Sunday Business Post, Ireland
Irish fear big losses on Mercosur beef deal
24 July 2011
By John Burke, Public Affairs Correspondent
The EU’s trade chief, Karel De Gucht, has said the European Commission remains supportive of a trade agreement with South America’s Mercosur beef trading states despite Irish opposition to a deal.
Agriculture minister Simon Coveney has signalled Ireland’s concern that the Irish beef sector could be ‘‘sacrificed’’ to allow more South American beef into the EU, in return for allowing European financial service providers and German and French car-makers to gain access to the Mercosur countries of Argentina, Brazil, Paraguay and Uruguay.
In response to questioning about Ireland’s opposition to a deal in which the beef production sector here could suffer significant losses, De Gucht told the EU Parliament that the EU Commission believed a deal with Mercosur states could generate ‘‘considerable economic and political benefits for both the EU and the Mercosur region’’.
Coveney has said the current bilateral talks between the EU and Mercosur states represented what he described as an ‘‘extraordinary threat to the Irish beef industry’’.
A widely-leaked preliminary report into the effects of a deal with the Mercosur states indicated that Europe’s farming sector could lose an estimated €3 billion and shed more than 30,000 jobs between now and 2020 if an agreement is reached, although it estimated the wider trade benefits could outstrip the agriculture-related losses.
Ireland, France and Spain could stand to lose a disproportionately higher share of revenue and jobs compared to other EU member states because beef production forms a larger share of the agriculture sector in these states.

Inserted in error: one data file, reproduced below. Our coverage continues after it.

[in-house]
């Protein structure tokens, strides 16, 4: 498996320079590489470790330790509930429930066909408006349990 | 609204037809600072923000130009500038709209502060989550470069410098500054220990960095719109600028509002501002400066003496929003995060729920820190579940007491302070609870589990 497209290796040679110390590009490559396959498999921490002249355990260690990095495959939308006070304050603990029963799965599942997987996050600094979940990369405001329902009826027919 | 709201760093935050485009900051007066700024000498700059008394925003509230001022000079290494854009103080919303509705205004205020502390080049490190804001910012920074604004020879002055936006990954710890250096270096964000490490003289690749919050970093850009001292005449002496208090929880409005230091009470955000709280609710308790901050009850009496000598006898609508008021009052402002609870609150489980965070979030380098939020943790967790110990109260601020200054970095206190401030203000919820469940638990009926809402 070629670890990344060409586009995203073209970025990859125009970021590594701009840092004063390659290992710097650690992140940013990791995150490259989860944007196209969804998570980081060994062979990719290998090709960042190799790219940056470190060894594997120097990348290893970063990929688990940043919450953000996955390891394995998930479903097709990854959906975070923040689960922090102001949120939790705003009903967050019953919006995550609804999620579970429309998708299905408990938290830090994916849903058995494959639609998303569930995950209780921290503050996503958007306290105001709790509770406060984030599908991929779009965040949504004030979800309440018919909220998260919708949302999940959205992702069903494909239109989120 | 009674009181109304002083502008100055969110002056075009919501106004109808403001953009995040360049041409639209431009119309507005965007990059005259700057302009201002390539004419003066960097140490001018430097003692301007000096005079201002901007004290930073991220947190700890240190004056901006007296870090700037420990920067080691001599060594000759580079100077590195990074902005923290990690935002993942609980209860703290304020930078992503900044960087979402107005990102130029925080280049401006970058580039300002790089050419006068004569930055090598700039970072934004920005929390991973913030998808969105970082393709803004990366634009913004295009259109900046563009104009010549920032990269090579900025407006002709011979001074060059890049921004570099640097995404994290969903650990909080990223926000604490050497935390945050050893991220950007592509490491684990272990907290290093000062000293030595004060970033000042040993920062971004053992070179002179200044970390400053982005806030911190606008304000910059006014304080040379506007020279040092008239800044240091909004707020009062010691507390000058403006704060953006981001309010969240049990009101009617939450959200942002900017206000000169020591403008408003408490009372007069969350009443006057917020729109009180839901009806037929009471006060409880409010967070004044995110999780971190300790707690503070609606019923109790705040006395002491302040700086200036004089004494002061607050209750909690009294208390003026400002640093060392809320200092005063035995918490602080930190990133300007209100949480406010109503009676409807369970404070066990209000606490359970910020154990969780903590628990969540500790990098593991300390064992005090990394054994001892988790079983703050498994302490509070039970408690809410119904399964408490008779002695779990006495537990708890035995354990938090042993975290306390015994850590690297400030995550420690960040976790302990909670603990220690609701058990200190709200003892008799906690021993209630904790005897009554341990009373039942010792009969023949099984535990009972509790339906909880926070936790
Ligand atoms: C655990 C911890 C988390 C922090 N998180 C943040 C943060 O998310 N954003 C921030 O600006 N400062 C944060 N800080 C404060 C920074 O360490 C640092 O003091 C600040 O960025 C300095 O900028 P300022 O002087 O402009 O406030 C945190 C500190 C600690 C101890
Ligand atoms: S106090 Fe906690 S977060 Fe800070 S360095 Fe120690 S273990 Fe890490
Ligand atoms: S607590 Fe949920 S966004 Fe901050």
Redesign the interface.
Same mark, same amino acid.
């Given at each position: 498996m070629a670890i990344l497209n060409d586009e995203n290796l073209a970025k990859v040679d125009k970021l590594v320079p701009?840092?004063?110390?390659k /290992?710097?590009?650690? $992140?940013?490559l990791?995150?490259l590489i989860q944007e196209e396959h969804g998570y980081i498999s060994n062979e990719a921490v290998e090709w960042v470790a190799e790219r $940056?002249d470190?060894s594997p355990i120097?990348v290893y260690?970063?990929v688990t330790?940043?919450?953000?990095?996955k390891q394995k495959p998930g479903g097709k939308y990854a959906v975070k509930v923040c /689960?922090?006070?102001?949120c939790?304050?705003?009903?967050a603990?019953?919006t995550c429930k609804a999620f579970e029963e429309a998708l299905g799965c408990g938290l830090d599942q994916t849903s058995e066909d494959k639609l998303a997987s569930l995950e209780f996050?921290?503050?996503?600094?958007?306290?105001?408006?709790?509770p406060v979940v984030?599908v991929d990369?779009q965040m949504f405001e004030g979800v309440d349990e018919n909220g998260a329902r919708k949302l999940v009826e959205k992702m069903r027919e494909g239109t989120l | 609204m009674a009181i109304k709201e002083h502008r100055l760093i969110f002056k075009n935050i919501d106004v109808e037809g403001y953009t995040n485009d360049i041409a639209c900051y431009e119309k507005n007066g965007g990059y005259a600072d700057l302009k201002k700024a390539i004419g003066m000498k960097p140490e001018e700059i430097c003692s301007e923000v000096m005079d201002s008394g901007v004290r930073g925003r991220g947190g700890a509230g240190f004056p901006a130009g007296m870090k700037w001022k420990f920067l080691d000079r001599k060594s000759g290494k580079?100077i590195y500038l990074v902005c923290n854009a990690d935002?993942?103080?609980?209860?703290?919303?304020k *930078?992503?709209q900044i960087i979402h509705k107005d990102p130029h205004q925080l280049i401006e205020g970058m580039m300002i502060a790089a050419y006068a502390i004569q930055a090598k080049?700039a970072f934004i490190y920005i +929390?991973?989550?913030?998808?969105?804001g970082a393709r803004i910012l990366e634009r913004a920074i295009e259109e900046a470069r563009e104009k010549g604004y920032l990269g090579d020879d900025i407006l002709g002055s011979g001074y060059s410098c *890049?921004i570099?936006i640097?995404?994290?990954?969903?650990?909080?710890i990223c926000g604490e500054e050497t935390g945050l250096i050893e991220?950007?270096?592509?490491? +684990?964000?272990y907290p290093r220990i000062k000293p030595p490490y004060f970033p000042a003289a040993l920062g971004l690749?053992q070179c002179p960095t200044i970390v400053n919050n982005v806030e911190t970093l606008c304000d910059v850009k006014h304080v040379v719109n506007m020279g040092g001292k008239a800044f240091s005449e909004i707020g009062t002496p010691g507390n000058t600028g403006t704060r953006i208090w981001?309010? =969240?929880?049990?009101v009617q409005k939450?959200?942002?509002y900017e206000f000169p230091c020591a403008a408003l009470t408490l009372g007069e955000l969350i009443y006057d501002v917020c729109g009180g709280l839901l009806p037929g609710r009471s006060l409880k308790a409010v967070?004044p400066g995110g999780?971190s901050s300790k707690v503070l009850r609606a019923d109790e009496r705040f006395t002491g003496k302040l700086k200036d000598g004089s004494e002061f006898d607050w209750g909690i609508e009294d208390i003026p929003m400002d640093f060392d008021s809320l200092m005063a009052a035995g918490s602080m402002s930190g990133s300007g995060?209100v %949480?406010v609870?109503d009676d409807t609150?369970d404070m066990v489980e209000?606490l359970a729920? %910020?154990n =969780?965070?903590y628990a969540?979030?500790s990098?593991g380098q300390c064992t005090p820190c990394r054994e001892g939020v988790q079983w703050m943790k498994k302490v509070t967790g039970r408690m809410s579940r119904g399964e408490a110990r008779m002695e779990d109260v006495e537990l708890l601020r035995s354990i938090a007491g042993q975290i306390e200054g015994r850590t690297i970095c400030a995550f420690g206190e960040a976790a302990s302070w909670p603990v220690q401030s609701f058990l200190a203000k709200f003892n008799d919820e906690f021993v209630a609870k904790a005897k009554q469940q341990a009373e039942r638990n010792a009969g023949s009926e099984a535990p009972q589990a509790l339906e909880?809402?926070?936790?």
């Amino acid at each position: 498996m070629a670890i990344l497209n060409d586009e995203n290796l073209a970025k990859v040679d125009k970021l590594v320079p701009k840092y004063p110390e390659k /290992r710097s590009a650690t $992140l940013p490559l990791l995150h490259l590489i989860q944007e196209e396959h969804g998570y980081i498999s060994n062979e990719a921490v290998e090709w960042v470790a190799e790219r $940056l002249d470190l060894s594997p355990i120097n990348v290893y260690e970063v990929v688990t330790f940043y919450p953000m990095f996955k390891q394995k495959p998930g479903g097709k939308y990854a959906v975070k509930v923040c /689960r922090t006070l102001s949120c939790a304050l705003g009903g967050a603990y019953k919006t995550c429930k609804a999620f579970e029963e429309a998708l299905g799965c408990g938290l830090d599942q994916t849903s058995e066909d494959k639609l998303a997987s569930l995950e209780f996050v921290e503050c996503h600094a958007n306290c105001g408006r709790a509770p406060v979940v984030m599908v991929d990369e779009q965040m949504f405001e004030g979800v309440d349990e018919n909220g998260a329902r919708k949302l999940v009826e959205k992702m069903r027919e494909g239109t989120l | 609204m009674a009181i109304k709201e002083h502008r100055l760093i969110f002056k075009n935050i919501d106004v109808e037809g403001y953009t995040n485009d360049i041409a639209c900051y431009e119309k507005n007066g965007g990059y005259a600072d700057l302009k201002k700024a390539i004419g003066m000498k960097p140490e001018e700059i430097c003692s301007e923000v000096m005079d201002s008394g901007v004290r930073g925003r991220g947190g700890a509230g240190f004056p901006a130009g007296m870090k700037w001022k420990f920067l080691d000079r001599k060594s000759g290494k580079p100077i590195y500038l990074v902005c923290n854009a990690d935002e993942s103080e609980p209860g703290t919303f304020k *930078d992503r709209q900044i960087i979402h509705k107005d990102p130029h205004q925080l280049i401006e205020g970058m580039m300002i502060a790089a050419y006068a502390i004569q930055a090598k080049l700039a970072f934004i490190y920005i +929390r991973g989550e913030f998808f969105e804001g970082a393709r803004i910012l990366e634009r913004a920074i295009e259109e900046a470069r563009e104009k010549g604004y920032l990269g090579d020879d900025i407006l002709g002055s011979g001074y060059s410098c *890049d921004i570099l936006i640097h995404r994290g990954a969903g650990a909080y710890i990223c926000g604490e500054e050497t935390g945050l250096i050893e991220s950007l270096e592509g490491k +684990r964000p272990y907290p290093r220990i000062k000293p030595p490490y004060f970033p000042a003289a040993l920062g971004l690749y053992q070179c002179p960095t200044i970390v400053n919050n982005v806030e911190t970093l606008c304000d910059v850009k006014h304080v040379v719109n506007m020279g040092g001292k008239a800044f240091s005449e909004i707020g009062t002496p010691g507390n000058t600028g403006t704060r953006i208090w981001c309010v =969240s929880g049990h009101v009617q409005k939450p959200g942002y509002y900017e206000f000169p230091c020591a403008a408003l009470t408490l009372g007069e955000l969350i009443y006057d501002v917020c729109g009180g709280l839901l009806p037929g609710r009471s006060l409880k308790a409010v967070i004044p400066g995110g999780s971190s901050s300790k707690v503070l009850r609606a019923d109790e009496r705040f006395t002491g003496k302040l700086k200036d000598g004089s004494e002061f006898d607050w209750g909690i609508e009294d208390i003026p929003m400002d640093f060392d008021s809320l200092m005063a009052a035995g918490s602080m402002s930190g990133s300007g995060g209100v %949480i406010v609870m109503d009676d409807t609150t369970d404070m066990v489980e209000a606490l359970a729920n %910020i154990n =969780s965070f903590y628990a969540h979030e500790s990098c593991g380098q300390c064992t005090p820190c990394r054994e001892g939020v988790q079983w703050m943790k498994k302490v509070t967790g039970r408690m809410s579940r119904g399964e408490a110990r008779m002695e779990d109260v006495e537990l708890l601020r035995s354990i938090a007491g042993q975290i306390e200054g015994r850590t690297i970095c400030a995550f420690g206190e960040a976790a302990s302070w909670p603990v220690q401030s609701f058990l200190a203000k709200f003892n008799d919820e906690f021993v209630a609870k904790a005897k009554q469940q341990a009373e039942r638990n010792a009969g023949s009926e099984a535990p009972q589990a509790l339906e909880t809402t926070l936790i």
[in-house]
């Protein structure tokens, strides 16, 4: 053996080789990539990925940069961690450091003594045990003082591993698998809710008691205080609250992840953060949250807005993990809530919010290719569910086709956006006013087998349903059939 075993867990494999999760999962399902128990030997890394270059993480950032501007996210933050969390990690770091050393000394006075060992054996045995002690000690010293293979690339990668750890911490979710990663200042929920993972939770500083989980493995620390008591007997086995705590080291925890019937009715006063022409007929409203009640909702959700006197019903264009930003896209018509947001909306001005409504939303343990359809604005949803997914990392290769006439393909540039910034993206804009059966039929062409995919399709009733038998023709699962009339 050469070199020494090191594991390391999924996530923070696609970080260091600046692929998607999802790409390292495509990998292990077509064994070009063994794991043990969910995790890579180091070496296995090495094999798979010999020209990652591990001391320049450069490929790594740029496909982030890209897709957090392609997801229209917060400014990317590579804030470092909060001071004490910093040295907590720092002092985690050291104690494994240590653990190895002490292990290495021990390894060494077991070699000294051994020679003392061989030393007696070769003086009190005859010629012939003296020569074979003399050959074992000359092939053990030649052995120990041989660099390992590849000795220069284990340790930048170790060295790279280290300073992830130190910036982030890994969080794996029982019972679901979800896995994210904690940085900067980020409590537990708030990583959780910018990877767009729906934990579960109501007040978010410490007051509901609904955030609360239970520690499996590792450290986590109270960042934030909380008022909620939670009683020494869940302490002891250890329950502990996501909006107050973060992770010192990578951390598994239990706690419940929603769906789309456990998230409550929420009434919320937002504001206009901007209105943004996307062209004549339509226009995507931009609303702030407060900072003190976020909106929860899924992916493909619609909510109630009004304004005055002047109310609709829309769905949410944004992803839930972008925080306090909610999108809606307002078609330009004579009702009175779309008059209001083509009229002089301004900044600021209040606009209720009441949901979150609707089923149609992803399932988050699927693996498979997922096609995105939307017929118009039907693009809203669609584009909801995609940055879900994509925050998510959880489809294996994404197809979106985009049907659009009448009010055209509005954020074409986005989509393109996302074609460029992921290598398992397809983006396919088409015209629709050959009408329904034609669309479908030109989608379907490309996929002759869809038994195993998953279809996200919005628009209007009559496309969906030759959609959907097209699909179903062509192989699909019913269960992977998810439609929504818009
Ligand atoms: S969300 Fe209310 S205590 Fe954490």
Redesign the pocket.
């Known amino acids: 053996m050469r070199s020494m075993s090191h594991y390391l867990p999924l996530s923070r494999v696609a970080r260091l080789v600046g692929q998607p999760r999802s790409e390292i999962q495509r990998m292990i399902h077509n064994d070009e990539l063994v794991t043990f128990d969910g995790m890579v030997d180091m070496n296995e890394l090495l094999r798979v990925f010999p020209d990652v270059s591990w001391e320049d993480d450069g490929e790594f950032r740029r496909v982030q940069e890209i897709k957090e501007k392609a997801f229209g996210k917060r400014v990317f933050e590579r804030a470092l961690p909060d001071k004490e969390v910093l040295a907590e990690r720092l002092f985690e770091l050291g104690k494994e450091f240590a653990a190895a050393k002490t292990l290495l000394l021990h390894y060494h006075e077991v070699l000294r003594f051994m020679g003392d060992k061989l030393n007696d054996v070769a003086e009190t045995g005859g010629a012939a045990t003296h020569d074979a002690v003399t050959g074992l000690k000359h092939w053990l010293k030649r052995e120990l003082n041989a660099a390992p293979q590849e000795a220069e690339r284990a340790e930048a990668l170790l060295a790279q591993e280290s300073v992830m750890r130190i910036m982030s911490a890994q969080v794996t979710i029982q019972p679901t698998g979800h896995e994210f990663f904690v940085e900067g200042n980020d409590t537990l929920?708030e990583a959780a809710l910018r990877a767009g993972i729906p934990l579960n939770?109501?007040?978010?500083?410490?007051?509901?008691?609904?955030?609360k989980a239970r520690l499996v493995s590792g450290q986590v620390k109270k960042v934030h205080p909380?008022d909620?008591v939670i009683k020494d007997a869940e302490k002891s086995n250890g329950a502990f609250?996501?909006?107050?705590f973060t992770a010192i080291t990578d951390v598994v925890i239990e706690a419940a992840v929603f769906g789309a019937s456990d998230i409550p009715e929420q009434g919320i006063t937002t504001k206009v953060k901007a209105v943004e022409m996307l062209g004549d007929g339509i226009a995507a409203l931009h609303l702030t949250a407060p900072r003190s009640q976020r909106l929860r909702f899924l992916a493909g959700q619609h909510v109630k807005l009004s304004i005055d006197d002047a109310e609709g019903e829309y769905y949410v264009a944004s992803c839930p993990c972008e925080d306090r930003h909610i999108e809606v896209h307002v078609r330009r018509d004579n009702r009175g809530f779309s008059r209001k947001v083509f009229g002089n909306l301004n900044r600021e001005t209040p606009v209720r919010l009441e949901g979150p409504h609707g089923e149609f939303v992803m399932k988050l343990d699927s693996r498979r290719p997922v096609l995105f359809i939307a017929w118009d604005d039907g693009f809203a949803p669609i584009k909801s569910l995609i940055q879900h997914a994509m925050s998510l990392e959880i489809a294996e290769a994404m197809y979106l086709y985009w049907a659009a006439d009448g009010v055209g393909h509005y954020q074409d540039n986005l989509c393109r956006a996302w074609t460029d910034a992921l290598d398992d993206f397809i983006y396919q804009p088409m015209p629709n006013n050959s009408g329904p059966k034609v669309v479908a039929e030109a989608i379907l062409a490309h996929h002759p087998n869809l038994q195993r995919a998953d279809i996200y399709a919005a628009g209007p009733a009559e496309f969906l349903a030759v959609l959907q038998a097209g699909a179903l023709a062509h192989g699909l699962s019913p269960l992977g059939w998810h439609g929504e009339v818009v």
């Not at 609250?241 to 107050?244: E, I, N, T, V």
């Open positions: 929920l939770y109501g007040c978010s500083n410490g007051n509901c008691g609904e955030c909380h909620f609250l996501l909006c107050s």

In a written letter to the commission, Scottish Liberal Democrat MEP George Lyon asked De Gucht to outline his present thinking in relation to the chances of concluding an agreement, given the ‘‘clear reservations which have repeatedly been expressed and the fairly negative signals now being sent out by a substantial number of member state ministers, starting with those from France, Ireland and Spain’’.
De Gucht said that, as a large and dynamic economy, with a GDP growth rate of around 8 per cent in 2010, the Mercosur region was still a ‘‘relatively protected market’’.
‘‘The economic benefits of opening up for EU exporters, investors and services providers, could be very significant," he said.
‘‘Both sides have a number of clearly identified offensive interests including agricultural products, which will need to be taken into account in any final agreement. EU interests in agriculture are not only defensive but include important offensive interests - identified in consul tat ion with the relevant stakeholders and by analysing relevant statistical and economic data - such as malt, olive oil, wine and spirits, some dairy products, processed food and protection of geographical indications."